Wife, mother, model, secretary, teacher and charity patron – Liz has lived through many guises and this month she adds novelist to her list of accomplishments. Her debut offering Since You Went Away is a poignant story of family ties told through correspondence between two estranged sisters, Ruth and Maisie, who are coming to terms with their mother’s death from Parkinson’s disease. ‘I wanted to write about complex and messy relationships,’ Liz says. ‘Because no matter how fabulous anyone’s life may look on the surface, it is usually full of complications underneath.’

As someone who has always enjoyed wealth and privilege, but has also endured divorce, single motherhood, the blending of families through remarriage and the relentless struggle of raising an autistic daughter, no one is perhaps better qualified to know this than Liz herself.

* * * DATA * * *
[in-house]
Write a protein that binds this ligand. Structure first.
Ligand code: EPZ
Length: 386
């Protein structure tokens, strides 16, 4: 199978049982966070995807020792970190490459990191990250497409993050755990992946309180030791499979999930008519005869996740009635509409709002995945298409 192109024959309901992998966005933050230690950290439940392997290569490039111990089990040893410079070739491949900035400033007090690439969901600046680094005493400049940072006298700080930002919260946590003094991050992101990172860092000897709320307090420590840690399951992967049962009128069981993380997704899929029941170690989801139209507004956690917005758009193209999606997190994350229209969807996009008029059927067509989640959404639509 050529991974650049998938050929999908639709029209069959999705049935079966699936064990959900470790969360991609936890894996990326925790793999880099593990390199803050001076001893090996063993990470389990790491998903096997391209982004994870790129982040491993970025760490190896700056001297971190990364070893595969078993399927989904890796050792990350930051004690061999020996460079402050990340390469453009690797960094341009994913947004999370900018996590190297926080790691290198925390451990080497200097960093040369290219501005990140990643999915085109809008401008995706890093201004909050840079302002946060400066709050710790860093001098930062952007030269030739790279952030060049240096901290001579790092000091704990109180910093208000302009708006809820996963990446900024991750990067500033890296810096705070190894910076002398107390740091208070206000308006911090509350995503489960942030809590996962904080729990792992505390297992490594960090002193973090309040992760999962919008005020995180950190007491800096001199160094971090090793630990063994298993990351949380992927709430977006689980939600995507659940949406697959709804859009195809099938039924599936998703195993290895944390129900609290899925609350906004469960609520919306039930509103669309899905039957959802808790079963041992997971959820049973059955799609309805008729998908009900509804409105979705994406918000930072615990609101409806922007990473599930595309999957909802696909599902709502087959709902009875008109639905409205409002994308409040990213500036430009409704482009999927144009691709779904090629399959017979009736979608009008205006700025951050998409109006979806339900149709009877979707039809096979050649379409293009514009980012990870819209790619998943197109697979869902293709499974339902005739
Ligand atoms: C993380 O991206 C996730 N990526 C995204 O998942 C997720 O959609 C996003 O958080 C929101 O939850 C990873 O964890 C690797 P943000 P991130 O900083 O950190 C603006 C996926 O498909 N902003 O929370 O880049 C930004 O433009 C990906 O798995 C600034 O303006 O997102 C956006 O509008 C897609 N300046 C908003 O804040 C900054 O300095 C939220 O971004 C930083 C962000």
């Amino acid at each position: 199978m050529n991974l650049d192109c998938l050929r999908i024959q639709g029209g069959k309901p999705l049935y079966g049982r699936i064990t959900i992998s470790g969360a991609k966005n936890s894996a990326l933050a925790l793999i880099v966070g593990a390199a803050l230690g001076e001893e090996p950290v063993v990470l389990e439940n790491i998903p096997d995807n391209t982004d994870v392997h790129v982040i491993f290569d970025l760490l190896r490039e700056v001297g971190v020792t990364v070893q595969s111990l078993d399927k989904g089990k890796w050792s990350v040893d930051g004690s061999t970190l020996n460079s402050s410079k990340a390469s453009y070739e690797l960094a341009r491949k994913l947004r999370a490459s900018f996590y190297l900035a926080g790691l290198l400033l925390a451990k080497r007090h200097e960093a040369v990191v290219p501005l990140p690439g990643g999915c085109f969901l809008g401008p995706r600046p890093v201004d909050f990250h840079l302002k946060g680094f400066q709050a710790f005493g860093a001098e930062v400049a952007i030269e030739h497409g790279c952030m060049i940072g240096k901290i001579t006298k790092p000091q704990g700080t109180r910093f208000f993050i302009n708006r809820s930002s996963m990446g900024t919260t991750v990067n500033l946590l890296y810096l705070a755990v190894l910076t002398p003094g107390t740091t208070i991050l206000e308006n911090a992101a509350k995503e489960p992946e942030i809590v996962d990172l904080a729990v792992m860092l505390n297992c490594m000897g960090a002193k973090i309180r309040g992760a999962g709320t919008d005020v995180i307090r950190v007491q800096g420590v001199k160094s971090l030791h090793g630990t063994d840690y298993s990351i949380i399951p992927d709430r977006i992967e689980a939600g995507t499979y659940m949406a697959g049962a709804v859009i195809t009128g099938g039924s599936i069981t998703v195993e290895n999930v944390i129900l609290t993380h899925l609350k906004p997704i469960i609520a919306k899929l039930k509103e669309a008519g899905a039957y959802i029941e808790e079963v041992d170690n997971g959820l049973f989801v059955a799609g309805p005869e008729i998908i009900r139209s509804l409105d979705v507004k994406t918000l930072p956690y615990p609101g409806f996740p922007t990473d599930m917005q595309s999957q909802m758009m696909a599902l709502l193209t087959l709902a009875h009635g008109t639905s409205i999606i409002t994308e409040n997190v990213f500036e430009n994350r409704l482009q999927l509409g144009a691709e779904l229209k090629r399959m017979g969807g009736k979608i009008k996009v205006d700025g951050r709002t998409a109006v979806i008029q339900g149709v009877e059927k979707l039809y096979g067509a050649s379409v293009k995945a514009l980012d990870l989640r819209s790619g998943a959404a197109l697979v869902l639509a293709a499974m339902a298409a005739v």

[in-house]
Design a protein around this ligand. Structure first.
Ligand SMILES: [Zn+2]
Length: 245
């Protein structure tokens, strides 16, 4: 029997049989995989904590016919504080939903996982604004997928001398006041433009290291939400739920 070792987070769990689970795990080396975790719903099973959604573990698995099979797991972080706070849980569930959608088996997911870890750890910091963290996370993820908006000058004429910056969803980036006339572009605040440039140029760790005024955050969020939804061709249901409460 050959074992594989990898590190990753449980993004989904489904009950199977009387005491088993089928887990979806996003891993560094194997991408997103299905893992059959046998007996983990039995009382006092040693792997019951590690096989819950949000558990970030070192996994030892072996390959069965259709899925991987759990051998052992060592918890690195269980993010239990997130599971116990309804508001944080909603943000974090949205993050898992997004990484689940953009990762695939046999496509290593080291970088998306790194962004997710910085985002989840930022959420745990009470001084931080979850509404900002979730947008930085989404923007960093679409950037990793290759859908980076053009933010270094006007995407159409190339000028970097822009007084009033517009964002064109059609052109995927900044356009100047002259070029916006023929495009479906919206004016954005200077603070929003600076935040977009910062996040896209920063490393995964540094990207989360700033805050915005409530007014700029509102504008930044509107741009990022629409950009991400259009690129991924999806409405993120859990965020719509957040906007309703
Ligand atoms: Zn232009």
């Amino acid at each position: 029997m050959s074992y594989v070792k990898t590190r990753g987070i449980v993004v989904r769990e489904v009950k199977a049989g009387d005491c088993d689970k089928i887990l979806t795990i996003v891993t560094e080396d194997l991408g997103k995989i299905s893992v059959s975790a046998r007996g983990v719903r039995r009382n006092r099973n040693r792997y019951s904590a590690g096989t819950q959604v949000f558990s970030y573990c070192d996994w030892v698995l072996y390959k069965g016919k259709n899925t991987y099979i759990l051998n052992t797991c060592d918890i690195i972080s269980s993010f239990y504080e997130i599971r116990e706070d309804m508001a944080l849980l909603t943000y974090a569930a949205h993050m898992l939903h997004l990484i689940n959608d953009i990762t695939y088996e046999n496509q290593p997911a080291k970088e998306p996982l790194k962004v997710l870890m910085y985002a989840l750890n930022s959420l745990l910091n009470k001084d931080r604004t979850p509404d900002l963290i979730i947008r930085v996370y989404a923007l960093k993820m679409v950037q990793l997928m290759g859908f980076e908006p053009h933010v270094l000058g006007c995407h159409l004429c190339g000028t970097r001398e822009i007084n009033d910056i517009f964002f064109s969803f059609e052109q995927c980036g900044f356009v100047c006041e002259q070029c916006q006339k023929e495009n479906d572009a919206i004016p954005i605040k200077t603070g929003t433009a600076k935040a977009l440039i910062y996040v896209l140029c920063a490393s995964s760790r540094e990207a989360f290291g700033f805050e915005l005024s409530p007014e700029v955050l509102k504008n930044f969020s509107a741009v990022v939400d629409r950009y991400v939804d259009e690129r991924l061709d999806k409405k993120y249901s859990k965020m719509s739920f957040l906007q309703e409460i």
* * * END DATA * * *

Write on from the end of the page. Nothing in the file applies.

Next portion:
‘The infuriating truth is that you only learn deep, meaningful lessons through deep, meaningful pain’

Today, as the wife of Johnnie Astor, the 3rd Baron Astor of Hever and parliamentary under-secretary of state for the Ministry of Defence, she belongs to one of our most formidable dynasties, but she started life in another notable clan – as a Mackintosh, the family that created Quality Street chocolates. Liz learned early how to navigate family diplomacy, because by the time she was three her parents had split up. Her mother, a secretary at Mackintosh’s who’d married the boss’s son, moved from the family seat in Norfolk to Newcastle upon Tyne, where she remarried a coat manufacturer. Meanwhile, Liz’s father, a director in the family firm, also remarried and Liz and her elder sister Diana gained a stepsister and in due course three half-brothers. ‘It could have been difficult,’ Liz acknowledges, ‘but I was lucky. I loved my stepfather and stepmother and instead of having one stable home, I had two.’